I love the quote by poet Clarissa Simmens, who says, "I am so grateful that my poetry is able to be published and stored in the modern version of ... The Cemetery of Forgotten Books." She is the author of seveal books, and I am thrilled that this is what she said about my novel, Apart From Love, in her usual poetic style:
Words Left Behind...,
October 6, 2014
This review is from: Apart From Love (Kindle Edition)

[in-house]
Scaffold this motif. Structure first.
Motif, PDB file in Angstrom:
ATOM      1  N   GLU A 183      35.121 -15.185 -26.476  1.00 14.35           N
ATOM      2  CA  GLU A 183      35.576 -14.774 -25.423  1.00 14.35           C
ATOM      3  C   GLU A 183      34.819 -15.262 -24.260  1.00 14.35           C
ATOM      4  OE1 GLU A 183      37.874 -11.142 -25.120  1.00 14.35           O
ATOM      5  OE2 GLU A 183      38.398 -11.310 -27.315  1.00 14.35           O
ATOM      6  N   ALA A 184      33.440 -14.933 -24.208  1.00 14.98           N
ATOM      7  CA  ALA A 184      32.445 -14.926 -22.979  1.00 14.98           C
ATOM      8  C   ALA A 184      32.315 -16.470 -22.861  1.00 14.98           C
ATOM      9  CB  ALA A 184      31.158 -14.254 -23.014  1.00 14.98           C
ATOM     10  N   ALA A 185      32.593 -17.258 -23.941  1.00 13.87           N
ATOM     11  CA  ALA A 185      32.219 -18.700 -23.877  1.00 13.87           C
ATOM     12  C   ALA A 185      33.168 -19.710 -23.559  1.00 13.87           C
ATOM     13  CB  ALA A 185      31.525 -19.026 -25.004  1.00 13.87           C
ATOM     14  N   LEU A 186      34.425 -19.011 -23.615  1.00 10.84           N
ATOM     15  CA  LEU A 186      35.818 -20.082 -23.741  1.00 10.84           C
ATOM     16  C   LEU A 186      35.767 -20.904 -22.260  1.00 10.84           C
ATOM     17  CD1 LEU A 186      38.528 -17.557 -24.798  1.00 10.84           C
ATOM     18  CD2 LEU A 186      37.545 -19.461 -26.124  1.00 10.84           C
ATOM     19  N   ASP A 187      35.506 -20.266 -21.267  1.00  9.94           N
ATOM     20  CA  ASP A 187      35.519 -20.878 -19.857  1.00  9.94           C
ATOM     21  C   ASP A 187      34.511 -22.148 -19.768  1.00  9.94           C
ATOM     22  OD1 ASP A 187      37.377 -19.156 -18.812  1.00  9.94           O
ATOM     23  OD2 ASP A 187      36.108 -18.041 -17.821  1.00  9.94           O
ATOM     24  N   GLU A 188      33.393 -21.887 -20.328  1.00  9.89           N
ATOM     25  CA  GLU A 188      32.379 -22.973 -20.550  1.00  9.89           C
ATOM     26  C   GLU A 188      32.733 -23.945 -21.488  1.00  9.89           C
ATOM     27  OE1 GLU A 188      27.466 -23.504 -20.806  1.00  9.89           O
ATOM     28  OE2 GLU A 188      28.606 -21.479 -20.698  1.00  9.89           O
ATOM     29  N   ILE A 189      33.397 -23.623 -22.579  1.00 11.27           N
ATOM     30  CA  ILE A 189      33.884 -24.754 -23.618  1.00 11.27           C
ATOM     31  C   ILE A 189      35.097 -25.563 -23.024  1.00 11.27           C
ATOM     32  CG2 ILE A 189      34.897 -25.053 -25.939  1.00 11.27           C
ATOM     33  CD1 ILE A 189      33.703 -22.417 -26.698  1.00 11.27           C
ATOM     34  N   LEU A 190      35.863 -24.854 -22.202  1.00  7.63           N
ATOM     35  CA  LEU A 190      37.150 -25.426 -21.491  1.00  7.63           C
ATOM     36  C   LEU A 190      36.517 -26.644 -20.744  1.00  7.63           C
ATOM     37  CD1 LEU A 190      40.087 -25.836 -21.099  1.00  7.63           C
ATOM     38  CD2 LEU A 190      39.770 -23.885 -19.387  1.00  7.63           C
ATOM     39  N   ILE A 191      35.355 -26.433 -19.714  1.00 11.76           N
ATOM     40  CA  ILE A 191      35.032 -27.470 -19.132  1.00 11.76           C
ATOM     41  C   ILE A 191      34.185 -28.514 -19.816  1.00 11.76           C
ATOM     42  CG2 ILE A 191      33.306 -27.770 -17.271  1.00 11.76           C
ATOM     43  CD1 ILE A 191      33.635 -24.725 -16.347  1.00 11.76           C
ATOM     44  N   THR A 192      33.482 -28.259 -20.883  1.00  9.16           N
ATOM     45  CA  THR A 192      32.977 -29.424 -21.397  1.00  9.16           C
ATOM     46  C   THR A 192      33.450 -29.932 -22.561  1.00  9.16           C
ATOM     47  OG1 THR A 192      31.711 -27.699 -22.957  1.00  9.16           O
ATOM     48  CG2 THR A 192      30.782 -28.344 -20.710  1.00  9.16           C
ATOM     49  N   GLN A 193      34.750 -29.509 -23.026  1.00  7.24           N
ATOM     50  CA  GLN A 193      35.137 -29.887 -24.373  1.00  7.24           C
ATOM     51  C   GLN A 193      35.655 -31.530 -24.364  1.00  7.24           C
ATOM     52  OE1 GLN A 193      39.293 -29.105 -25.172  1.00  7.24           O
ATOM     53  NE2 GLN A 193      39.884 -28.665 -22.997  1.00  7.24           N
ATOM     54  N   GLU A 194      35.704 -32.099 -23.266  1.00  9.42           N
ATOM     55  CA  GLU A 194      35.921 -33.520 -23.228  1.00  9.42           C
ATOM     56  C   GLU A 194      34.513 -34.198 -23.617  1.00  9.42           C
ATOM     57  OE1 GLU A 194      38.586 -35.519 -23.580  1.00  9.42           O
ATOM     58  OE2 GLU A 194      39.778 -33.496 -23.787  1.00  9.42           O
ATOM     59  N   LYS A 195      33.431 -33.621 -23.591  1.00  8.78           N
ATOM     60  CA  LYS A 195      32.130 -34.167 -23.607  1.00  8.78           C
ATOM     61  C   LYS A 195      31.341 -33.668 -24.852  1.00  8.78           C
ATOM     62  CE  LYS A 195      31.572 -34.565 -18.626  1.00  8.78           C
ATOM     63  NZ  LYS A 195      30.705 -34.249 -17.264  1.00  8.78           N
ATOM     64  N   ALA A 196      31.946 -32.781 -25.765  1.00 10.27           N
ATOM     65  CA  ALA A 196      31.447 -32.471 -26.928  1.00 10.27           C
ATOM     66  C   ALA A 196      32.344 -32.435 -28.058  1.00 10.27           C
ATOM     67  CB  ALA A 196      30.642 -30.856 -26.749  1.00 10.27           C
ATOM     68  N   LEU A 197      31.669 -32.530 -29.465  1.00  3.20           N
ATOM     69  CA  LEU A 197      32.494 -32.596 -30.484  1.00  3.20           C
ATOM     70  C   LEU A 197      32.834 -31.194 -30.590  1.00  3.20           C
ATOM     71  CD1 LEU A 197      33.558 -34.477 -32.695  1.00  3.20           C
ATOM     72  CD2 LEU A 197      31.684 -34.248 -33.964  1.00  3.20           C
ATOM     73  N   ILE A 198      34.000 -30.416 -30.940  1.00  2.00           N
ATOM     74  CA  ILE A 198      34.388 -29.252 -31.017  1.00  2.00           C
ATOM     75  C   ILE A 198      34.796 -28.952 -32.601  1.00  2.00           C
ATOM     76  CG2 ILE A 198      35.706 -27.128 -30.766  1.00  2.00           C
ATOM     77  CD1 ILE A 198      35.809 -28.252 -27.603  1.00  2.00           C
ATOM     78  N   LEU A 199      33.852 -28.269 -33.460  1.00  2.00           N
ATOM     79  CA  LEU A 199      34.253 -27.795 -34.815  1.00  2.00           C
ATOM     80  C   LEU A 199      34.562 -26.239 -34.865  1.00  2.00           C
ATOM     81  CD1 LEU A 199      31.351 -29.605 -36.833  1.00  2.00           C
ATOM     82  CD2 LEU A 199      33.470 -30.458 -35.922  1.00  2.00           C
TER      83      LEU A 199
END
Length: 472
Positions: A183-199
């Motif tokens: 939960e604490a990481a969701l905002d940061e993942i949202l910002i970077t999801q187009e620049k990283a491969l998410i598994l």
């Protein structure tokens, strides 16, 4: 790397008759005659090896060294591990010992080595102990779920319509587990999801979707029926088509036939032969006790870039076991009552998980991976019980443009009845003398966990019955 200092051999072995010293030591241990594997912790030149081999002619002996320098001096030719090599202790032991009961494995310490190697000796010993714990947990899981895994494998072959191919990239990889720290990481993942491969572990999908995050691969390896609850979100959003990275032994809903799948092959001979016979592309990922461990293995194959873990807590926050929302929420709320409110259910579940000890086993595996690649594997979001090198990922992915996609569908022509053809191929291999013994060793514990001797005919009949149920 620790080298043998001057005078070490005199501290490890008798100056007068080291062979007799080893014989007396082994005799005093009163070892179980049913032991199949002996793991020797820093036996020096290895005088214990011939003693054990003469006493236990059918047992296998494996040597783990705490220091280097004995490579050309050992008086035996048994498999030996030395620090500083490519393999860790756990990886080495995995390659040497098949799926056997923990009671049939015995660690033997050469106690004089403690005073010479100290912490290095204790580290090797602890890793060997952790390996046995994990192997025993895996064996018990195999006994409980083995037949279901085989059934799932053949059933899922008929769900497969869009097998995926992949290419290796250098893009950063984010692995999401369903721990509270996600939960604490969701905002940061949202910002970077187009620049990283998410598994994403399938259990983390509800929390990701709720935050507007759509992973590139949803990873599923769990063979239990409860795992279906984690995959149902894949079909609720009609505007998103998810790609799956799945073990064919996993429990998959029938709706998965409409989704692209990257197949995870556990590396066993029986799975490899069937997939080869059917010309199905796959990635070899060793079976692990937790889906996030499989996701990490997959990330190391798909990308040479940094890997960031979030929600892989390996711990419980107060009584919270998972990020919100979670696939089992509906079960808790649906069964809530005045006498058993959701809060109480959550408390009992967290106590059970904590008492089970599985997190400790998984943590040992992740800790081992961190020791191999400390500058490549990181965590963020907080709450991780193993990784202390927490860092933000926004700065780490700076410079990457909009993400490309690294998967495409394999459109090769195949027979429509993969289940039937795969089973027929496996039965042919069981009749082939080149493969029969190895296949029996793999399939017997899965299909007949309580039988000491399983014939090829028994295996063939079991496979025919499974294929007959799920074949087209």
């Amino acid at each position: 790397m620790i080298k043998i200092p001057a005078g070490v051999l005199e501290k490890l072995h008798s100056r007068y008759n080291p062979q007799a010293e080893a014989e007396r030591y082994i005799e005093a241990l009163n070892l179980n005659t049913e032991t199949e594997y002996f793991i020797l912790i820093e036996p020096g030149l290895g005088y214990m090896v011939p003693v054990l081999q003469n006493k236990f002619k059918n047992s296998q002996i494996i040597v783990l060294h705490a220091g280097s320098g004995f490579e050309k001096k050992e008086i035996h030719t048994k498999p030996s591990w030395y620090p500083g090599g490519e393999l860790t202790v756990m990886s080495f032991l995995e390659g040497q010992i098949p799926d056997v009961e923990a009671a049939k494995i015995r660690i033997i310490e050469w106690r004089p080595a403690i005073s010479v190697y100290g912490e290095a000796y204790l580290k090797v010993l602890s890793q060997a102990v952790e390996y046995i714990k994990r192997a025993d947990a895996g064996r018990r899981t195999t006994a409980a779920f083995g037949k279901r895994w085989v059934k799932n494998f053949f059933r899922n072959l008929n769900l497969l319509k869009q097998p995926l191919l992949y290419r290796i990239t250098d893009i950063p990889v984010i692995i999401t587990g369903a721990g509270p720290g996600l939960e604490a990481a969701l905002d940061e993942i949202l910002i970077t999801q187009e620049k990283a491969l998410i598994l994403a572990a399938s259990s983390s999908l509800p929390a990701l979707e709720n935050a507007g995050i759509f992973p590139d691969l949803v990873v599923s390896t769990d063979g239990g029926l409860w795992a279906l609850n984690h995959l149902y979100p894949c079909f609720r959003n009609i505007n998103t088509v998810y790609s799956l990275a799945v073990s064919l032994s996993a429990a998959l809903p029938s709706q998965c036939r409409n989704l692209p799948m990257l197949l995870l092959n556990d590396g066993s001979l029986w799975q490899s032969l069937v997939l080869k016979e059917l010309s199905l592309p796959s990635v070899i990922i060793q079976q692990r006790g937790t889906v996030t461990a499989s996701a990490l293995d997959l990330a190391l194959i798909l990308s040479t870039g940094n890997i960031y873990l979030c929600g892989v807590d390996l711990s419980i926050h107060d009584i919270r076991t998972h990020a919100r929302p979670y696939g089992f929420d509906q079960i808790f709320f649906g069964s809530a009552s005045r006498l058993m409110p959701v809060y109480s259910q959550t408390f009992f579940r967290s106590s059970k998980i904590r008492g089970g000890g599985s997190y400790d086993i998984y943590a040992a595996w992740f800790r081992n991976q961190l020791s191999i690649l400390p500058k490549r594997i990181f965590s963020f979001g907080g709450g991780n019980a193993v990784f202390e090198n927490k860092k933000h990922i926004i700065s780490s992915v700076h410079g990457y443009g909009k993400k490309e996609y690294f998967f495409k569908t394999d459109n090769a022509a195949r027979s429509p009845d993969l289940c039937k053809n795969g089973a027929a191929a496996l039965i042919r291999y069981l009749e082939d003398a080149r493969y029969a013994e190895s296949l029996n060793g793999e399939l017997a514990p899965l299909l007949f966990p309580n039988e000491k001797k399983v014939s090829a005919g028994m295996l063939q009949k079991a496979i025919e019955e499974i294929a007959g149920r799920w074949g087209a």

Uvi Poznansky’s books are always written on several levels. Apart From Love seems to contain so many mythological elements. There is the basic story of the love triangle of Ben, his father Lenny, and Anita (the young wife who is replacing Ben’s mother) that is reminiscent of Oedipus Rex: kill the father, marry the stepmother, who happens to look like the real mother when young. There are also the three aunts—the Fates—snipping and knitting, moving amongst the lives of the main characters. There is another level with mirror imagery and twinning: Anita and Ben’s mother Natasha; Anita and Lenny’s soon-to-be born son with Lenny and Natasha’s son Ben; and Ben as competitor with Lenny, the father he resembles. Still another level examines the philosophical question of authors writing about people they know. As Anita says, “The words you leave behind you, they ain’t yours no more,” recognizing that words and lives are up for grabs to any author. The best part of a Poznansky book? The poetic prose, her seductive words, that make each book well worth reading.